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Copyright 2009 Joseph A Islam: Article last modified 13th August 2011


It has become quite ubiquitous in Muslim thought to understand 'Nur' as 'reflected' light. The source of this restrictive interpretation may have been compounded by Muslim teachers who have over the last few decades made use of isolated Quranic verses to prove scientific 'miracles' and phenomena from scripture. 


Many will be familiar with the statement that the Quran distinguishes the Sun and the Moon by referring to the latter as 'reflected' light. This ability of the Quran to discern in the era of its revelation is oft cited as being miraculous in nature.


Indeed, the Quran does talk about some fantastic creative signs of God but it is primarily advanced to the Arab audience of the 6th-7th century that can understand it. So when references are made to human creativity or cosmic space, these are facts that remain within the grasp of the recipients to understand and appreciate. (See related article at the bottom of this page)


Let us note a specific example. One notes in verse 10:5, the moon being described as 'Nur' in contrast to the Sun which is described as a 'Diya'.


010:005 (Part)

"He it is Who appointed the sun a splendour (Arabic: Diya(an)) and the moon a light (Arabic: Nur(an)), and measured for her stages, that ye might know the number of the years, and the reckoning ..."


If the meaning of 'Nur' is to be taken as 'reflected light', and applied to another verse of the Quran (24:35) where God refers to himself as 'Nur', then obvious difficulties arise. The obvious question being, is God referring to himself as 'reflected' light of the Heavens and the Earth?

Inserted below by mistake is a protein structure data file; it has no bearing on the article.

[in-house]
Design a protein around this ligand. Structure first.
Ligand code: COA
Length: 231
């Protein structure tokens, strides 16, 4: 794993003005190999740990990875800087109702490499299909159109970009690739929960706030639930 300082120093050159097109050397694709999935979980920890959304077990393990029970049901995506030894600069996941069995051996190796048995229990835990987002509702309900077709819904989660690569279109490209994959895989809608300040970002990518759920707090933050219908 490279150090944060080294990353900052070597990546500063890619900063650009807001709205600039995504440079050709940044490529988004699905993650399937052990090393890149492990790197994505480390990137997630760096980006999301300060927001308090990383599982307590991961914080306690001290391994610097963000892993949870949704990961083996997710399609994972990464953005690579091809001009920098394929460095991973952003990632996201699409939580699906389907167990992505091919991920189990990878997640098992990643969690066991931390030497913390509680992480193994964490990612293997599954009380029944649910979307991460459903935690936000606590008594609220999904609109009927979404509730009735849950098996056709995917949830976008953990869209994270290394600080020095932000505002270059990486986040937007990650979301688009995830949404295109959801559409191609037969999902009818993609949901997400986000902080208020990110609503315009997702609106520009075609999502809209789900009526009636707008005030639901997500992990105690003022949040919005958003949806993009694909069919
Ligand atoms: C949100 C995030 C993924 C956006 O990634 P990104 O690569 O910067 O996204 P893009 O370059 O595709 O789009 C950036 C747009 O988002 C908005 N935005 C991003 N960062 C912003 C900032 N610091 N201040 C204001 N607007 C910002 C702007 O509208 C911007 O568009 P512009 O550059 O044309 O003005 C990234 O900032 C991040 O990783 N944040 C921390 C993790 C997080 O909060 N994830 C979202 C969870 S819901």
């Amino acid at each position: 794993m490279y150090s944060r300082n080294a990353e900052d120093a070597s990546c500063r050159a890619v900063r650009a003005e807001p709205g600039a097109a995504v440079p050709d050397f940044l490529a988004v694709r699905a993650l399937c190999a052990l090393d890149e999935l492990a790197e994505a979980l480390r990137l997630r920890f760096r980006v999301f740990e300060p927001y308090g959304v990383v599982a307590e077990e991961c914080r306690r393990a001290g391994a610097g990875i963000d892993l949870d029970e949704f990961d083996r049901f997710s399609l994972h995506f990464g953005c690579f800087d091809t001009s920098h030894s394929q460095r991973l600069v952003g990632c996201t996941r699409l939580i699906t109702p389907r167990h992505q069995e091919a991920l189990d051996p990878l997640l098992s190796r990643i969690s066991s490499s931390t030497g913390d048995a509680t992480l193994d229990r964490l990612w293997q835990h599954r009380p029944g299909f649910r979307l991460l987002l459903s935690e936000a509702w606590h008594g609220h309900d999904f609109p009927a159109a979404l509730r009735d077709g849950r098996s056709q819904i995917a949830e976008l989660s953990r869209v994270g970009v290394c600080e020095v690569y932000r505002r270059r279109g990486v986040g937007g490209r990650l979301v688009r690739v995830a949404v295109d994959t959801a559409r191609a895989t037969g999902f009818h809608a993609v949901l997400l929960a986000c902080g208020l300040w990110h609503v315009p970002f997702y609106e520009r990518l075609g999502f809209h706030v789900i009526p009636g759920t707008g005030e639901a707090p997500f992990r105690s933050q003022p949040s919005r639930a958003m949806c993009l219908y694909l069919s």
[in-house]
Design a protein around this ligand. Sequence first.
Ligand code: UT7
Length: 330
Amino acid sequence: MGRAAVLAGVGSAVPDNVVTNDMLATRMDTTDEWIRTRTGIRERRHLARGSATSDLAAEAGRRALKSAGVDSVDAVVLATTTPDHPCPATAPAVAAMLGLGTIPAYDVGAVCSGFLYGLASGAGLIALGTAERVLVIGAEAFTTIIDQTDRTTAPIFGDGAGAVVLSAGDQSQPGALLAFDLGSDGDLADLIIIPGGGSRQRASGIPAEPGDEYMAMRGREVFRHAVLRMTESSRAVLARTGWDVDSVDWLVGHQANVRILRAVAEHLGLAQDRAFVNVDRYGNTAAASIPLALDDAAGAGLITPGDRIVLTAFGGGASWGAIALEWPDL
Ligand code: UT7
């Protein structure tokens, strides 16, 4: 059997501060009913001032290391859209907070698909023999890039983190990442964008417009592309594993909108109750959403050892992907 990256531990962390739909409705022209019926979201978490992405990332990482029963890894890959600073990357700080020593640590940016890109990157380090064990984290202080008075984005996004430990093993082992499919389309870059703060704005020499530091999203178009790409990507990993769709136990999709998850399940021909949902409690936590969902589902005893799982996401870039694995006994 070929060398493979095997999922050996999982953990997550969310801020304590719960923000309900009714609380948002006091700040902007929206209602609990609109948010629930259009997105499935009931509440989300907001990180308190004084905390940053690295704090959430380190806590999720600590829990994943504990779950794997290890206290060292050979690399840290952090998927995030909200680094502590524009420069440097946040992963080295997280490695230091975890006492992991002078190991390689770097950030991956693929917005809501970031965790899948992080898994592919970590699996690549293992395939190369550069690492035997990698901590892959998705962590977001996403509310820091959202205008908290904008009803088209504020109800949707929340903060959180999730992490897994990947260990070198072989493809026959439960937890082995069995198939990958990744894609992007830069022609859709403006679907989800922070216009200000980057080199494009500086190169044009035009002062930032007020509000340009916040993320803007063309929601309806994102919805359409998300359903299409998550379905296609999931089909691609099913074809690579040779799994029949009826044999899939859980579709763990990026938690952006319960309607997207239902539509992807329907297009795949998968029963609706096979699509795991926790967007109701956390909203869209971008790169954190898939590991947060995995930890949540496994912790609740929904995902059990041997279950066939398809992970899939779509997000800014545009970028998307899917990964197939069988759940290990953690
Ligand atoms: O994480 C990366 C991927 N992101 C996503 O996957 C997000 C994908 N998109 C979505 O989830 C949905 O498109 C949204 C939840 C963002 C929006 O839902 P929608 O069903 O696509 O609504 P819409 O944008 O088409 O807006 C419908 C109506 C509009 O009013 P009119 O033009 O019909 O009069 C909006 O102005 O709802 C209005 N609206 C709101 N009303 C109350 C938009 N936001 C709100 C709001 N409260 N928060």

024:035 (Part)

"God is the Light (Arabic: Nur) of the heavens and the earth ..."


Many Muslim preachers attempt to contextualise this understanding of 'Nur' with the rest of the passage of 24:35 which is arguably one of the most beautiful and rich passages of the Quran.  However, the explanations offered for this narrow interpretation are usually laboured and inconclusive.




The Quran itself remains the primary source of any interpretation of a Quranic word and all verses where such a word may have been used need to be collectively analysed to ascertain a deeper understanding its usage and any relevant shades of meanings. A fuller study of the Arabic word 'Nur' from the Quran and its complete context reveals a much broader interpretation than is usually appreciated. It can even possibly be argued whether the word 'Nur' means 'reflected light' at all.


In its primary sense, the word 'Nur' simply means 'light'. This is also attested by notable lexicon authorities.






 Source: Edward Lanes Lexicon  [1]



This rendering is also consistent with other Quranic narratives where the Arabic word 'Nur' does not mean reflected light at all. For example, the term 'Nur' (light) has been used as a contrast to darkness possibly alluding to itself as an analogy between the blind and the seeing.





"God guides with it all who seek His good pleasure to ways of peace and safety, and brings them out of darkness, by His will, to the light (Arabic: Nur(i)), and guides them to a path that is straight.


"The blind and the seeing are not alike; Nor are the depths of darkness and the light (Arabic: Nur)"


It would not be feasible to understand 'Nur' here as 'reflected' light.





We note numerous other passages in the Quran in which God's scriptures have also been described as 'Nur' (The Torah 5:44; 6:91; The Injeel 5:46 and The Quran 7:157; 42:52; 64:8). Clearly these scriptures are sources of Divine guidance and not in any way 'reflected' in any literal or metaphorical sense.


Furthermore, we noted in verse 10:5 above, the Sun being described as a 'Diya'.


010:005 (Part)

"He it is Who appointed the sun a splendour (Arabic: Diya(an)) and the moon a light (Arabic: Nur(an)) ..."


However, it is equally significant to note that the same word 'Diya' has also been used to describe the Torah.


"And certainly, We granted to Moses and Aaron the criterion (for judgment), and a Light (Arabic: Diya(an)) and a Message for those who would do right"